Update:  On January 31, 2020, the Food and Drug Administration approved Palforzia(TM), the first treatment for peanut allergy.

Q: What should a peanut-allergic patient expect when undergoing oral immunotherapy? Is it just for peanut or are other foods available?

Julie Wang, MD: Oral immunotherapy (OIT) is an approach to treating food allergy that involves giving a patient a small, increasing amount of the food allergen to teach the body to be less reactive over time.

Here’s how it works: under an allergist’s supervision, the patient starts with very small doses of the food allergen. The patient continues daily doses at home and returns to the allergist’s office every 1-2 weeks for dose increases until a pre-specified maintenance dose is reached.

Once that maintenance dose is reached, then the patient continues on that maintenance dose indefinitely.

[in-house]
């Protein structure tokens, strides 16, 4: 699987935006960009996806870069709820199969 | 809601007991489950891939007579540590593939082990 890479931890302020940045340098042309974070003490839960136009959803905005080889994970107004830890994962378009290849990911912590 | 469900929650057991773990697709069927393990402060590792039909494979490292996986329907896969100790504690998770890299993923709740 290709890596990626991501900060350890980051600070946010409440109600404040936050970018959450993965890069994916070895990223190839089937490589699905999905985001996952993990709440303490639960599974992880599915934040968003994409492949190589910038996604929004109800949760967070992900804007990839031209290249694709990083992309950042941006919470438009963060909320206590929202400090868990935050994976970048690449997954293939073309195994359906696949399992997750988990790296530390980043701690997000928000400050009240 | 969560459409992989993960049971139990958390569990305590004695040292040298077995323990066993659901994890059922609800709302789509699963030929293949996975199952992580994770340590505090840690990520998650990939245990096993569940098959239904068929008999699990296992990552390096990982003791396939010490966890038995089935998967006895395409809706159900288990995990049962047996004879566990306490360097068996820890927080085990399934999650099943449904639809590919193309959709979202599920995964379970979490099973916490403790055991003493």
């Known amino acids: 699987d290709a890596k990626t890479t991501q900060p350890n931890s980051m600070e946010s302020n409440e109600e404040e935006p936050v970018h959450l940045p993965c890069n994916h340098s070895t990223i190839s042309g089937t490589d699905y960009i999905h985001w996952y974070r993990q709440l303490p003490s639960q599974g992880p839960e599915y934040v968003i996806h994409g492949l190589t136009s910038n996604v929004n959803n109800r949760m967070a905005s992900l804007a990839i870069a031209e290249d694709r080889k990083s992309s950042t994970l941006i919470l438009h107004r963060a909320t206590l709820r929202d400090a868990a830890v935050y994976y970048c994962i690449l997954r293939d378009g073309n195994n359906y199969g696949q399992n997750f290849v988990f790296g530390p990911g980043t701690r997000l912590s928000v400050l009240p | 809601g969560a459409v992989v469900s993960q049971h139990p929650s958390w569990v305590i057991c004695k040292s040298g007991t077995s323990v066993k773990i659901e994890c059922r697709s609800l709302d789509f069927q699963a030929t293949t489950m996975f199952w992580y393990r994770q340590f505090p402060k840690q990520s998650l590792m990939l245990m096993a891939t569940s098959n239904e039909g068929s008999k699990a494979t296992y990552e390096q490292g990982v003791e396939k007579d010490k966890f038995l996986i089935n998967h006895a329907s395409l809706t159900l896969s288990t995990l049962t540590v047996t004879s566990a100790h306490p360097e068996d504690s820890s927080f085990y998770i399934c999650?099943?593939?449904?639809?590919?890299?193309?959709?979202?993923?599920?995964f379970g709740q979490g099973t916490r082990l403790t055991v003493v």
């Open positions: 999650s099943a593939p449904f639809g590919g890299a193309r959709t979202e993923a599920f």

Oral immunotherapy is best used for peanut at this point. We have the most data on peanut allergy OIT in terms of its safety and effectiveness. However, oral immunotherapy is being studied for other food allergens. More research is needed to better understand the safety and effectiveness of OIT to other foods.

As with any therapy, it’s important to consider the benefits of the therapy as well as potential side effects. For peanut allergy oral immunotherapy, most studies show about 80% of patients are able to become desensitized to peanut.

Side effects are possible. Most allergic reactions occur during the buildup phase – however, it is possible for patients to have an allergic reaction to doses during the maintenance phase, even after they have tolerated the maintenance dose for quite a bit of time.

Allergic reactions can vary from mild to severe and some may require treatment with epinephrine. Because of the potential side effects of oral immunotherapy, it’s important for families to embark on this process under the close supervision of an allergist.

Julie Wang, MD, FACAAI, is professor of pediatrics, allergy and immunology at Mount Sinai Hospital in New York City. She is a fellow with the American College of Allergy, Asthma and Immunology (ACAAI) and a member of the ACAAI Food Allergy Committee. 

Have a medical question? Email editor@allergyasthmanetwork.org or write to Ask the Allergist, Allergy & Asthma Network, 8229 Boone Blvd., Suite 260, Vienna, VA 22182.


Find an Allergist

Pin It on Pinterest